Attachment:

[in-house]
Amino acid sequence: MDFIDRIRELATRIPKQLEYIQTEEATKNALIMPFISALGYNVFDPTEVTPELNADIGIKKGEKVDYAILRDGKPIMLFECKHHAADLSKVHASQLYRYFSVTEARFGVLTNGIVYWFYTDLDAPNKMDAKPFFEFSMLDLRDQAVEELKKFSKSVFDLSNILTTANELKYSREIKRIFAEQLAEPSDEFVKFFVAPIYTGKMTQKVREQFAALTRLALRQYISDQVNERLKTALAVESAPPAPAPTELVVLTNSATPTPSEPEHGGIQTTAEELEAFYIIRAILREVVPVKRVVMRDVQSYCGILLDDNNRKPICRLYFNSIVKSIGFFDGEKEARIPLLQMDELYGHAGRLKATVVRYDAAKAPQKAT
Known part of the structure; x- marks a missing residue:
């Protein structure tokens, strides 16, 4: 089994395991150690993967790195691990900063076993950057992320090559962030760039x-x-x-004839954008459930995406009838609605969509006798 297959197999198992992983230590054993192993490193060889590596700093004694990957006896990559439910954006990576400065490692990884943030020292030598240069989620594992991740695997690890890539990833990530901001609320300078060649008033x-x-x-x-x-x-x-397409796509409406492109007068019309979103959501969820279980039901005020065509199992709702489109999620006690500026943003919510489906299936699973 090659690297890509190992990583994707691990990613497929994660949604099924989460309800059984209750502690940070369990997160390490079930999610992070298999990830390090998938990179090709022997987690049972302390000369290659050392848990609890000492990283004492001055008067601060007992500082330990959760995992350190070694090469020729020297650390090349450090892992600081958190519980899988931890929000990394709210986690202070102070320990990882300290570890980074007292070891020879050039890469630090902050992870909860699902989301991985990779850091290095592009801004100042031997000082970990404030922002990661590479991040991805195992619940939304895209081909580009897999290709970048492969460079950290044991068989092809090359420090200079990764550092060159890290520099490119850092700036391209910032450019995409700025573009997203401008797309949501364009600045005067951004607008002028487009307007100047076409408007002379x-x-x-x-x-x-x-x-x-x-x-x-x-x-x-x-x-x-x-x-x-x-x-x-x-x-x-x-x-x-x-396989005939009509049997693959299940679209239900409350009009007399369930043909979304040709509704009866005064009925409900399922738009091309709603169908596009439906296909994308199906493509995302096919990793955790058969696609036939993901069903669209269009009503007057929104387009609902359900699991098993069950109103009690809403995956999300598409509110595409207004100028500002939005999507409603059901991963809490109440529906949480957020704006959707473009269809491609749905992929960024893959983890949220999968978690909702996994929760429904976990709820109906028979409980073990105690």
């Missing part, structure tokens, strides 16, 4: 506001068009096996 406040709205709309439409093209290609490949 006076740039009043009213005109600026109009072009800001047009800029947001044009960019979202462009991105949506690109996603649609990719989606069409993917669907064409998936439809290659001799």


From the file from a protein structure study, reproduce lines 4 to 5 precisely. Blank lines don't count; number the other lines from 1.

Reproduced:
């Protein structure tokens, strides 16, 4: 089994395991150690993967790195691990900063076993950057992320090559962030760039x-x-x-004839954008459930995406009838609605969509006798 297959197999198992992983230590054993192993490193060889590596700093004694990957006896990559439910954006990576400065490692990884943030020292030598240069989620594992991740695997690890890539990833990530901001609320300078060649008033x-x-x-x-x-x-x-397409796509409406492109007068019309979103959501969820279980039901005020065509199992709702489109999620006690500026943003919510489906299936699973 090659690297890509190992990583994707691990990613497929994660949604099924989460309800059984209750502690940070369990997160390490079930999610992070298999990830390090998938990179090709022997987690049972302390000369290659050392848990609890000492990283004492001055008067601060007992500082330990959760995992350190070694090469020729020297650390090349450090892992600081958190519980899988931890929000990394709210986690202070102070320990990882300290570890980074007292070891020879050039890469630090902050992870909860699902989301991985990779850091290095592009801004100042031997000082970990404030922002990661590479991040991805195992619940939304895209081909580009897999290709970048492969460079950290044991068989092809090359420090200079990764550092060159890290520099490119850092700036391209910032450019995409700025573009997203401008797309949501364009600045005067951004607008002028487009307007100047076409408007002379x-x-x-x-x-x-x-x-x-x-x-x-x-x-x-x-x-x-x-x-x-x-x-x-x-x-x-x-x-x-x-396989005939009509049997693959299940679209239900409350009009007399369930043909979304040709509704009866005064009925409900399922738009091309709603169908596009439906296909994308199906493509995302096919990793955790058969696609036939993901069903669209269009009503007057929104387009609902359900699991098993069950109103009690809403995956999300598409509110595409207004100028500002939005999507409603059901991963809490109440529906949480957020704006959707473009269809491609749905992929960024893959983890949220999968978690909702996994929760429904976990709820109906028979409980073990105690």
């Missing part, structure tokens, strides 16, 4: 506001068009096996 406040709205709309439409093209290609490949 006076740039009043009213005109600026109009072009800001047009800029947001044009960019979202462009991105949506690109996603649609990719989606069409993917669907064409998936439809290659001799």